I sold a small clutch of copies of The Red House On The Niobrara earlier this month. I mean four copies, plus a couple more this week. It got me quite excited. Seven sales for the month, and another four days of January to go. I went back through the amazon records to see how many copies I’d sold so far. Brace yourselves for a momentous revelation. I certainly did as I approached this audit with a single fact lodged in my mind, that ‘the vast majority’ of self-published e-books, according to what I’ve read recently, never get past a hundred sales. Well, mine has. Phew. I have just touched 131, 95% of them Stateside.
Does that sound like failure? Not to me it doesn’t. Bearing in mind that I have yet to think about a coherent sales strategy, that I just threw it out there with millions of other e-books, followed up with a few emails and a tweets, and gave away several dozen copies to potential reviewers, I’m really quite pleased. It remains available, and it is selling consistently. Slowly but consistently: people are finding it, and buying it. A few every month.
If I add all the $4-$5 royalties (and leave aside the fact that I still haven’t persuaded amazon to stop ripping me off 30% US tax) it comes to about $600, or £400 sterling. As I have recorded elsewhere, the total royalties on my cricket book, Brim Full of Passion, never quite added up to £500. And that was selected as the Wisden Cricket Book of the Year 2007.
So, I keep checking the sales reports, keep getting a shot of encouragement every time a couple more are clocked up, and look forward to Feb 22nd when I attend a short course on ‘establishing a web presence’ down in London. That is supposed to teach me how to promote myself and my wares. I suspect I have a lot to learn.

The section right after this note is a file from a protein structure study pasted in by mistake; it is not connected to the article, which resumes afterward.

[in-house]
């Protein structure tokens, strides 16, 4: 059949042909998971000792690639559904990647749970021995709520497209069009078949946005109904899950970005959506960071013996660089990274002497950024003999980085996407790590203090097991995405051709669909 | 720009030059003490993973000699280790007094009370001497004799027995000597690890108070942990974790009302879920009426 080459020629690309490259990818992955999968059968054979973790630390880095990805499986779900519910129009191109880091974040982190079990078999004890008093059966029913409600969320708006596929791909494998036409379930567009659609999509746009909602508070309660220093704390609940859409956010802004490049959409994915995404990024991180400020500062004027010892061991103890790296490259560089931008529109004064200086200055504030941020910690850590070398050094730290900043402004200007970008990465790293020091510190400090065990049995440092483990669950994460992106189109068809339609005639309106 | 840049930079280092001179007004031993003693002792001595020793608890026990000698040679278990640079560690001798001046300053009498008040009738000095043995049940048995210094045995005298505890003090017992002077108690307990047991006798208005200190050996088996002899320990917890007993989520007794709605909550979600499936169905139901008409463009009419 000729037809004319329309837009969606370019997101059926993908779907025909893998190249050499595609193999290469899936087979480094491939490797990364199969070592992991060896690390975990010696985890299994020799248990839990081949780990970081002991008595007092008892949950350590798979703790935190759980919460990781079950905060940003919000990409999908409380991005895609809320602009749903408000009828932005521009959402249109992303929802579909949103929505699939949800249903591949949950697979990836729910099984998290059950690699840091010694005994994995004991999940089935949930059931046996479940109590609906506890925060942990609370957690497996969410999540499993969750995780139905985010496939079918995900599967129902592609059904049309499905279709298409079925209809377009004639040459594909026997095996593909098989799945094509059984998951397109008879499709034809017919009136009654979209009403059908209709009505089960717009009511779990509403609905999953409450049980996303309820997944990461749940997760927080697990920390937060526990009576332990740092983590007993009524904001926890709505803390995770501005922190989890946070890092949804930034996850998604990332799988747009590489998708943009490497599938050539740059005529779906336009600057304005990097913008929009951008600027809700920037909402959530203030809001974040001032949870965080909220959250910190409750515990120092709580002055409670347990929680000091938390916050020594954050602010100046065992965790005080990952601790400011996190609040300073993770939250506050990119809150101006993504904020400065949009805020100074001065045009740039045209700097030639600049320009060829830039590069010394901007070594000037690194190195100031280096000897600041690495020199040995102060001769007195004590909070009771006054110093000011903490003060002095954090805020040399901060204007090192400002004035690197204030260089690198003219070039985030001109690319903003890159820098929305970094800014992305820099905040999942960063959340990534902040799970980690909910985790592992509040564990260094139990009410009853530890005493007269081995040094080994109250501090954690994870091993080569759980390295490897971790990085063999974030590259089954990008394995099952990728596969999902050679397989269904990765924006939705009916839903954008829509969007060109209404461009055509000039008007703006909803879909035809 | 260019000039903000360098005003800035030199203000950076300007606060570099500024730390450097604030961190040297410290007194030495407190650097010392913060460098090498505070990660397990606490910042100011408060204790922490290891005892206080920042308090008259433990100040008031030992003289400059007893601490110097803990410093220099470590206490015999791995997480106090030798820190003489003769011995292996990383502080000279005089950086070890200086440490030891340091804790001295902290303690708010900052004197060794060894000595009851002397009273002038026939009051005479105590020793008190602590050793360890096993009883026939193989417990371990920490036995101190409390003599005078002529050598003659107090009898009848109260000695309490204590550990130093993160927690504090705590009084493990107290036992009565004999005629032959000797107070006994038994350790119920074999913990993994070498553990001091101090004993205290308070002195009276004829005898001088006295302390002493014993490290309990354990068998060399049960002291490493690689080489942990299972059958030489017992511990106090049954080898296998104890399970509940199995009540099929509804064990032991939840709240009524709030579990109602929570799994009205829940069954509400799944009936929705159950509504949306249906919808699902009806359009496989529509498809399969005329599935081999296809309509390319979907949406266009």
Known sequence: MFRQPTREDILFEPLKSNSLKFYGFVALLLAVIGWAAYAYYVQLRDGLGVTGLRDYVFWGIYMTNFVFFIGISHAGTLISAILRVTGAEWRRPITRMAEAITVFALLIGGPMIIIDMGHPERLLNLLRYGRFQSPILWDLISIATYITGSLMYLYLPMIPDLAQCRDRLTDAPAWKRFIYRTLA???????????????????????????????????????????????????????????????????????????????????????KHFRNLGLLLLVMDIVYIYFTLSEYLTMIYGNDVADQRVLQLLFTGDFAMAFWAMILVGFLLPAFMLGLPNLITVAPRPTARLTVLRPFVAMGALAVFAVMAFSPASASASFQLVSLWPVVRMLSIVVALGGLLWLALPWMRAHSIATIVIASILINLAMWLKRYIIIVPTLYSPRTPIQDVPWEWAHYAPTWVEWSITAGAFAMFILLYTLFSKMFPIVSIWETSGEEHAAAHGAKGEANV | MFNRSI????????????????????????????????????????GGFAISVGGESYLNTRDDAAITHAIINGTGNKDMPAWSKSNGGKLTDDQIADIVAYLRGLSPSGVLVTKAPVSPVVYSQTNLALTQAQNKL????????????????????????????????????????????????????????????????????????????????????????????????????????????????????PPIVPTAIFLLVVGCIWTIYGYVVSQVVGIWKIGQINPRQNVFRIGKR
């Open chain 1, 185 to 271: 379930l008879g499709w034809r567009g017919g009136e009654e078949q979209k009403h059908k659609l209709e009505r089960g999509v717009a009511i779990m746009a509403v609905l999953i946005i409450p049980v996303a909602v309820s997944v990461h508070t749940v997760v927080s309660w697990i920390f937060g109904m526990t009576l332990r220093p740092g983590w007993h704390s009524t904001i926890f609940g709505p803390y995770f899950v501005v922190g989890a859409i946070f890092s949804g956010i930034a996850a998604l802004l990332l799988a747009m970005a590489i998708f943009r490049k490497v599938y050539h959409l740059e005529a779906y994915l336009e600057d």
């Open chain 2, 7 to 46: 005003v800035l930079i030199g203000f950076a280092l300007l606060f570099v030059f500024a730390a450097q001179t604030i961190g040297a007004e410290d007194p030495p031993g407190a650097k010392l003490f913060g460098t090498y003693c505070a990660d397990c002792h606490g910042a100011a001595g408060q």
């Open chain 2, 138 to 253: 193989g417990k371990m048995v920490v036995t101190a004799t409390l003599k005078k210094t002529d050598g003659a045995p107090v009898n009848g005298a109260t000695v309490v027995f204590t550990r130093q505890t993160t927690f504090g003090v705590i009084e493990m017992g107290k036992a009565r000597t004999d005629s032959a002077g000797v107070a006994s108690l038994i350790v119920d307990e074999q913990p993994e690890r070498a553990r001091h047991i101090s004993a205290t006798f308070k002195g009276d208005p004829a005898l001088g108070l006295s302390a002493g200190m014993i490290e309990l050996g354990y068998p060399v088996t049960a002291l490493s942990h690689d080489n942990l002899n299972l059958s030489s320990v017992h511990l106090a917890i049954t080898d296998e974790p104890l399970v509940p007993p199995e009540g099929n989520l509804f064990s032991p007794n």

Over the 20 months since I put The Red House out there, I have received quite a few enquiries about hard copies. Are there any? No, not yet. That’s on the agenda for later this year, after I’ve got these two current books out of the way. Once I have some printed I intend to set up a lecture tour of some kind. Small-town,
libraries, that kind of thing. It’s a new idea, and I have to give it a lot of
thought. But the seed has been sown and my sub-conscious keeps lobbing out new
questions for me to chew over. I feel a growing sense of excitement and will
soon start pestering people on my contact list with questions.
Okay, health matters. I thought I’d got away with it this year. Along came the annual cold, Christmas-time, and for the first time in a decade or two it didn’t seem to be hell-bent on destroying me. In fact, come last Monday or Tuesday I was beginning to suspect I’d got it beaten. Was that due to the garlic pills I’ve been taking all year? The vitamins? Quien sabe? as they say in
In fact, it was nothing more than a lull as the cold germs re-grouped. They launched
their counter-attack, full-force, on Wednesday – and they have me on the ropes.
Sleepless nights with blocked passages, a mild fever, general lassitude, a
throbbing head, and an awful lot of nasal unpleasantness that we needn’t go
into right now. Mexico
Still. Small mercies. One, I have managed to keep banging out my daily wordage. Two, between sessions at the keyboard I have been reading, and thoroughly enjoying, a book I got for Christmas: volume 1 of Mark Lewisohn’s Beatles biography. It weighs in at about 950 pages, the final hundred of which are indices and end-notes. Pretty much everything you would want to know about every member of the band is in there. Plus a few things you’d rather not. I’m now on p. 250 or so and have at last been introduced to Brian Epstein and George Martin.
I’m also engaged in another rather interesting task. My friend Jules Smith, poet, scholar, and biographer of Charles Bukowski, is conducting a lengthy interview – of me – by email. I can’t remember where he plans to publish it. So far I have answered questions about my early literary interests (Steinbeck, Hemingway,
Kerouac) and racked up 3000 words for him to digest. London
Right. Final day before the weekend. Work.